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Common medical malpractice defenses

It may difficult for a patient to bring a medical malpractice claim against a hospital or a physician. There are many elements that do not always favor an ailing patient, including the lack of money available to properly investigate the claim, the ambivalence in the justice system because of how long it may take, and the constant pain a malpractice victim may be in.

But even in the midst of bringing a malpractice claim, a plaintiff (or at least a plaintiff’s lawyer) must prepare for the various defenses a hospital, nurse or physician may bring. This post will identify a few of them. 

Disputes over standards – In order to prevail on a medical malpractice claim, a plaintiff must show that a physician’s or nurse’s actions fell below the standards expected of medical professionals in similar situations. As such, a defendant may argue that his or her actions fell squarely within the professional standards expected.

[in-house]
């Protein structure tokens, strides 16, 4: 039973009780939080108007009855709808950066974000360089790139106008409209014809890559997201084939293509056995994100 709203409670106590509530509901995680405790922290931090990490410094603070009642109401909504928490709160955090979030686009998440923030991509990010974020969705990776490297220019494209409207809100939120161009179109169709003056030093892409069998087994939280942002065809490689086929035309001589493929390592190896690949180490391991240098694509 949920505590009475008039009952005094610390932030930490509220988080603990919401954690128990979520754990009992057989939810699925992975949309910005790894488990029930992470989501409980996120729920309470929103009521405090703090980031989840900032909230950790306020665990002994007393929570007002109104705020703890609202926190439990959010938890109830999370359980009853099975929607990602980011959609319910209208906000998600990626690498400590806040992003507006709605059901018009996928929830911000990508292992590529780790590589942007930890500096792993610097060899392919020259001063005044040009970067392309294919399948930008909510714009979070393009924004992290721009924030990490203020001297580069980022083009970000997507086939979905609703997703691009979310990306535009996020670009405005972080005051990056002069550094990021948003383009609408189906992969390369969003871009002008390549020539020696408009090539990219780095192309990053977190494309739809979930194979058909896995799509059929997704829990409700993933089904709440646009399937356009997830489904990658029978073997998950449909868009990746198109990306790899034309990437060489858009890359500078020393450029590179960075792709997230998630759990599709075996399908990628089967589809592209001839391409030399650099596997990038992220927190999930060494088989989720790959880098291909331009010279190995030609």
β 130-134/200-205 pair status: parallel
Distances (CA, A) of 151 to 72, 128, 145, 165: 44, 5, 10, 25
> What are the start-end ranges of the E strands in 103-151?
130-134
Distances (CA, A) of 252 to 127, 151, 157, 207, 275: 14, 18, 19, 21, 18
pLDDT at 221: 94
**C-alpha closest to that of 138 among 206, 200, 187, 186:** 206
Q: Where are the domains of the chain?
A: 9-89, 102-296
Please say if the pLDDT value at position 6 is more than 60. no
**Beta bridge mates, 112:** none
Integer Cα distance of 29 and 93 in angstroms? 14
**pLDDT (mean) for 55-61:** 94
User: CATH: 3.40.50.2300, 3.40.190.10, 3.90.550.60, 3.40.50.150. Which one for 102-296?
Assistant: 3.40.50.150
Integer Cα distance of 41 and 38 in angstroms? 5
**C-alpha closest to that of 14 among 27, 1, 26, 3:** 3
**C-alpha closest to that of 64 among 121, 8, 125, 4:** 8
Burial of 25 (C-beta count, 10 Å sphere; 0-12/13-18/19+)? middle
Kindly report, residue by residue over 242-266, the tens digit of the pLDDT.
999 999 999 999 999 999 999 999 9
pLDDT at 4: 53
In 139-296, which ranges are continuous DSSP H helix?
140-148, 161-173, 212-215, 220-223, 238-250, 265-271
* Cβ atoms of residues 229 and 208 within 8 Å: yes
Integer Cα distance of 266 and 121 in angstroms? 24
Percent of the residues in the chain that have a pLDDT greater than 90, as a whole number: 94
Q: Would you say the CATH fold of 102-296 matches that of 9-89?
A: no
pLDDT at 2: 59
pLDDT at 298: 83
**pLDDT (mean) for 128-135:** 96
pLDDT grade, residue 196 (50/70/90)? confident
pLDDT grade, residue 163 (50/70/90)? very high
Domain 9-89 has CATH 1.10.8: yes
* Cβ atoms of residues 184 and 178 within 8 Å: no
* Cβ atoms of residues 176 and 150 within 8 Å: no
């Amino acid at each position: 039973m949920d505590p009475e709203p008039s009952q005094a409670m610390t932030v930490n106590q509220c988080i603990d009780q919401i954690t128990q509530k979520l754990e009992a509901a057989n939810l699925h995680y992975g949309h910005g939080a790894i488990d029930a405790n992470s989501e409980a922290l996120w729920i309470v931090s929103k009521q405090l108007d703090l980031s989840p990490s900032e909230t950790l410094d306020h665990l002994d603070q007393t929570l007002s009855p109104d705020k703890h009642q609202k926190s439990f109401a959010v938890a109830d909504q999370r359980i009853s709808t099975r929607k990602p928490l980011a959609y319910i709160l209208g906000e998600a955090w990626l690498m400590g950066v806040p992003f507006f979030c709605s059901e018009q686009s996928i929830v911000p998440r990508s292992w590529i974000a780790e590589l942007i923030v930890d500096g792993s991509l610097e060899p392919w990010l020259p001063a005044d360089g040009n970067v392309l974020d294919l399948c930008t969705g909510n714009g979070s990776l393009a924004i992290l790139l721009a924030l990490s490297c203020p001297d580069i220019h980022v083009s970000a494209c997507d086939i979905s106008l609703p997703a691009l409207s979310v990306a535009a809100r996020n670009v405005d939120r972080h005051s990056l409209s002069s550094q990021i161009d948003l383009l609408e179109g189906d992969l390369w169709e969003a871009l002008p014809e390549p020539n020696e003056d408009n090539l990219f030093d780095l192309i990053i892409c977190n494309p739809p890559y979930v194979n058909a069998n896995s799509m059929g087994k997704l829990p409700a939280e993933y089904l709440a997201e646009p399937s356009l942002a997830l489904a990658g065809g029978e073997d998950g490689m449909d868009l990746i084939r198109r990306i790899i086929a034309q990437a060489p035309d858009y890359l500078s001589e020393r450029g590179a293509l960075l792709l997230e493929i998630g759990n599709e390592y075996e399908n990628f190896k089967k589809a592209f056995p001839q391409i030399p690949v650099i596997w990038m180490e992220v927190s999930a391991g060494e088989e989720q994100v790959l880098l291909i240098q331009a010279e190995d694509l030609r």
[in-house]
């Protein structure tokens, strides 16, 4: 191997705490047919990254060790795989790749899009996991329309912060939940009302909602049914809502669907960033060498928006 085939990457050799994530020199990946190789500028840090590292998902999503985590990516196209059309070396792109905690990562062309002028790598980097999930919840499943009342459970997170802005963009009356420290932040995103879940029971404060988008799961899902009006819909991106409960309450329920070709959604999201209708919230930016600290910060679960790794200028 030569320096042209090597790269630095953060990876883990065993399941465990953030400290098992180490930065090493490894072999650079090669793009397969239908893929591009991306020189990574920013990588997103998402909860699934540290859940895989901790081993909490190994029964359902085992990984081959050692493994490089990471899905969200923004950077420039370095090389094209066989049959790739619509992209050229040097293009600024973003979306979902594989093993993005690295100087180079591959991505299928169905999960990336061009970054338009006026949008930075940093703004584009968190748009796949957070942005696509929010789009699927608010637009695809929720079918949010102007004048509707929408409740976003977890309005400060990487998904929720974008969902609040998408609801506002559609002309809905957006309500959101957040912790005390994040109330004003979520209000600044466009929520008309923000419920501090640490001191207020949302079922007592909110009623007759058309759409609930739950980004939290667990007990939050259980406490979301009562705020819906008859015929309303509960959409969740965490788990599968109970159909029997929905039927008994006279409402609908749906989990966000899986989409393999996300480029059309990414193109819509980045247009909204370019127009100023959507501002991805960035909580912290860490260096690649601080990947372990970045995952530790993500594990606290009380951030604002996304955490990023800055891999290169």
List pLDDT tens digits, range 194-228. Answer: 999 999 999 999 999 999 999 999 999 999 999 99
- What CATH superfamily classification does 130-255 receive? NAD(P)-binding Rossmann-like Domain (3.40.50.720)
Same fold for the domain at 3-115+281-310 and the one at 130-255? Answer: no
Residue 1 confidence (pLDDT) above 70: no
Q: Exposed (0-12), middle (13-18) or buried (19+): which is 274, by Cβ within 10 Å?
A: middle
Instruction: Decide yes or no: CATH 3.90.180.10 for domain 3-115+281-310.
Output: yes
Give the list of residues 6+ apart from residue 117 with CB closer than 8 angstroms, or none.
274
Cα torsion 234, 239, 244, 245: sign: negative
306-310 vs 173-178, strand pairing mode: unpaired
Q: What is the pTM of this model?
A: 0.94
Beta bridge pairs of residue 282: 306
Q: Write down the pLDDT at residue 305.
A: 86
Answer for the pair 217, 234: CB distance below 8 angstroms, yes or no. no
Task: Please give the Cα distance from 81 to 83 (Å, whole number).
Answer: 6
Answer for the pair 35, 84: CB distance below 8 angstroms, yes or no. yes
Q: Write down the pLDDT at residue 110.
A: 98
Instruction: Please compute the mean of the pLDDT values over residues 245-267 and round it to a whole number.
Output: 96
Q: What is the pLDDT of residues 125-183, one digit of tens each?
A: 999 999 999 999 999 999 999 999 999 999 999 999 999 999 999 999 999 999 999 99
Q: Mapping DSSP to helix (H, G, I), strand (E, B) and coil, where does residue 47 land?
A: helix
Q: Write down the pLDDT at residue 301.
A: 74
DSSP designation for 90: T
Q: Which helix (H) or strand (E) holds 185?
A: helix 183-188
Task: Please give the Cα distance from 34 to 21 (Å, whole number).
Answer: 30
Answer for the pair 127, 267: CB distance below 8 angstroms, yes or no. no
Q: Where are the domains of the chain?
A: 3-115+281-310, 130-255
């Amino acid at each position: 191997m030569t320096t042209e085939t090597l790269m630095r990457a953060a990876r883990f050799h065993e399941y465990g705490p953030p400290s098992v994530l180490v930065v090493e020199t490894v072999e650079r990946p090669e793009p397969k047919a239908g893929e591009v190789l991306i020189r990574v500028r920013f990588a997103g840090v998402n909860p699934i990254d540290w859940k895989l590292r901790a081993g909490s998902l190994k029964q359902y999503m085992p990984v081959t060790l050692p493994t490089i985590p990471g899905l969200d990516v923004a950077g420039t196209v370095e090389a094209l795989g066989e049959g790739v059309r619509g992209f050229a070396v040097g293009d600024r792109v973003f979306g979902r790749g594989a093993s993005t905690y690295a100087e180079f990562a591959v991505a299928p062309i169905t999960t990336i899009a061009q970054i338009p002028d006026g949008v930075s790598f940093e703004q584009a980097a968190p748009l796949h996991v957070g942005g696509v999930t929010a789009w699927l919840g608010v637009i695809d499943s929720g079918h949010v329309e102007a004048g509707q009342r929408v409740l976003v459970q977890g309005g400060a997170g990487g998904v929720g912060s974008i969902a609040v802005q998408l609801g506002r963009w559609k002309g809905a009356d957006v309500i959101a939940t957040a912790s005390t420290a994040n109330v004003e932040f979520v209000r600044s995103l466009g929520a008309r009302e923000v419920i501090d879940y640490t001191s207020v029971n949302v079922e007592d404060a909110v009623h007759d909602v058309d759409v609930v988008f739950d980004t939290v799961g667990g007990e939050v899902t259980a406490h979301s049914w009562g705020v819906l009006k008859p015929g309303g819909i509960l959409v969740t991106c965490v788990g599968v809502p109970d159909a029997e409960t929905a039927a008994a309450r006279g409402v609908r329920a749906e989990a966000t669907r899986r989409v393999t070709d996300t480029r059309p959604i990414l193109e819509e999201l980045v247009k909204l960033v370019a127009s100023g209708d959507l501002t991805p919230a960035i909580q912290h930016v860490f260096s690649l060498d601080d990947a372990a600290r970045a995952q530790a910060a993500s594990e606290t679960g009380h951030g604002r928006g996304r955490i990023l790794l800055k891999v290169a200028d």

Contributory negligence – A defendant may also argue that the patient was equally liable for his or her condition because they did not follow the doctor’s recommendations once they are released from the hospital. Indeed, mistakes in hospital discharge orders can be a form of medical malpractice; but if a patient does not follow discharge orders, this can be considered contributory negligence.

Statute of limitations – The statute of limitations on medical malpractice claims commonly starts to run when a plaintiff discovers that they have been harmed. However, if a plaintiff did not bring suit within a certain amount of time, a defendant could claim that the lawsuit is “time-barred.”

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